Egypt activist accuses court of forging evidence

An Egyptian court trying demonstrators for holding an unauthorised protest forged evidence at its latest hearing, a prominent Egyptian activist and the sister of one of the defendants said on Sunday.

Cairo: An Egyptian court trying demonstrators for holding an unauthorised protest forged evidence at its latest hearing, a prominent Egyptian activist and the sister of one of the defendants said on Sunday.

Mona Seif, the sister of Alaa Abdel-Fattah, issued a statement on Facebook saying that a kitchen knife taken as evidence against another defendant in the proceedings had gone missing.

She claims a completely different knife had appeared as evidence and accused the prosecution of fraud.

"Today, like magicians, the prosecution presented a new knife blade, brand new and different dimensions than what's on official case files, and new evidence claiming it's the original evidence of the case," she wrote.

Abdel-Fattah, a prominent figure in Egypt's 2011 uprising, was convicted in June for organising an unauthorised demonstration in November 2013 and assaulting a police officer.

He was sentenced to 15 years in prison, but was granted a retrial in August and currently remains in custody.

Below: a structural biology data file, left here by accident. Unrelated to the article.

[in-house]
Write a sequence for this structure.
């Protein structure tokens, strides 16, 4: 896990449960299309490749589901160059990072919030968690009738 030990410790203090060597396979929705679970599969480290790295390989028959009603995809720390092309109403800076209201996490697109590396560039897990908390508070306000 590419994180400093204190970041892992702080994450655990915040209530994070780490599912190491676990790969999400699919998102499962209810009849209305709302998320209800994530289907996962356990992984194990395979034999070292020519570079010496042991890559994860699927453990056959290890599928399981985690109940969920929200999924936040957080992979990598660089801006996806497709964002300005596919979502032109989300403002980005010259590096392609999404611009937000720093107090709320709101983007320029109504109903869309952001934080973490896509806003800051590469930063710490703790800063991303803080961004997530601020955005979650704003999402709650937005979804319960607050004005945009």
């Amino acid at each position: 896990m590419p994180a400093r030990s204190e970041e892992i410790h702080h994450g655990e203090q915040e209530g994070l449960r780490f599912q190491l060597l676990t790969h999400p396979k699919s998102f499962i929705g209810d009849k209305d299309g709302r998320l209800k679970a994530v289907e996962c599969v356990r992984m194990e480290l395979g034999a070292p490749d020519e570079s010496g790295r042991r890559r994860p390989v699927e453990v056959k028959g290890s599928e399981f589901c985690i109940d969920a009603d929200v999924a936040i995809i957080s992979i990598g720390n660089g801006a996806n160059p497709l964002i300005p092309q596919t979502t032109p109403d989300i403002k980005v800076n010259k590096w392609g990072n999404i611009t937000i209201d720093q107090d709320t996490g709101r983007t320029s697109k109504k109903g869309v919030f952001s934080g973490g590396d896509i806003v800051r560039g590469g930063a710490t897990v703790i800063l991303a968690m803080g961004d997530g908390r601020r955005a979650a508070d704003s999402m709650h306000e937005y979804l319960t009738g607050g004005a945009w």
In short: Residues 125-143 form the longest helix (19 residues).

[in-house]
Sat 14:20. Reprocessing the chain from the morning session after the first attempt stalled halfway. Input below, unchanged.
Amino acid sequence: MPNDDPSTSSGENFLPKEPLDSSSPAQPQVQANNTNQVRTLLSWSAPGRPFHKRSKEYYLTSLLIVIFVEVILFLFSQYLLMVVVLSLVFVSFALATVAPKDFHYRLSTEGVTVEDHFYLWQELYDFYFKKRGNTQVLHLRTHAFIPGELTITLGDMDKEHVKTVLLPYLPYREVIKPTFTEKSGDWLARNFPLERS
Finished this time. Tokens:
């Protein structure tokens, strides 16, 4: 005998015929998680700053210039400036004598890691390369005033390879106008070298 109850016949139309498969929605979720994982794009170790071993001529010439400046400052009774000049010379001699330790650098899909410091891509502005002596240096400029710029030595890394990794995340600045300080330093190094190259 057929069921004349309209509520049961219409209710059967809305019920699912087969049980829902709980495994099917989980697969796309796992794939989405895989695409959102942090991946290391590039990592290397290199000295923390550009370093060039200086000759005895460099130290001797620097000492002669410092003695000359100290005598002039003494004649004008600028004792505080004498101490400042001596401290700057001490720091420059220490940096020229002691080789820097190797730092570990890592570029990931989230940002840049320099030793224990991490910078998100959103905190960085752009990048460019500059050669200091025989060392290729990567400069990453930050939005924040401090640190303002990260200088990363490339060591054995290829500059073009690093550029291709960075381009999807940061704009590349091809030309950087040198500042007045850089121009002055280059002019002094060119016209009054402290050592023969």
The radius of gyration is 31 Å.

The prosecution says Alaa and his co-defendants attacked a policeman but Seif says the defense has presented eyewitness accounts and phone records that place them elsewhere at the time of the alleged attack.

"No videos or evidence presented by prosecution showed Alaa or any of his co-defendants committing any violent acts," she said. "The prosecution relies on the testimonies of witnesses, all of them are officers, their testimonies contradictory, none of them said they saw the mugging incident," she added.

Abdel-Fattah is among dozens of activists convicted under a draconian law that bans protests without prior police approval. He and Seif come from a family of prominent activists.

Their father, the late Ahmed Seif al-Islam, was a longtime rights lawyer who was repeatedly imprisoned. Authorities have arrested thousands of people over the past year in a sweeping crackdown on dissent.

By continuing to use the site, you agree to the use of cookies. You can find out more by clicking this link

Close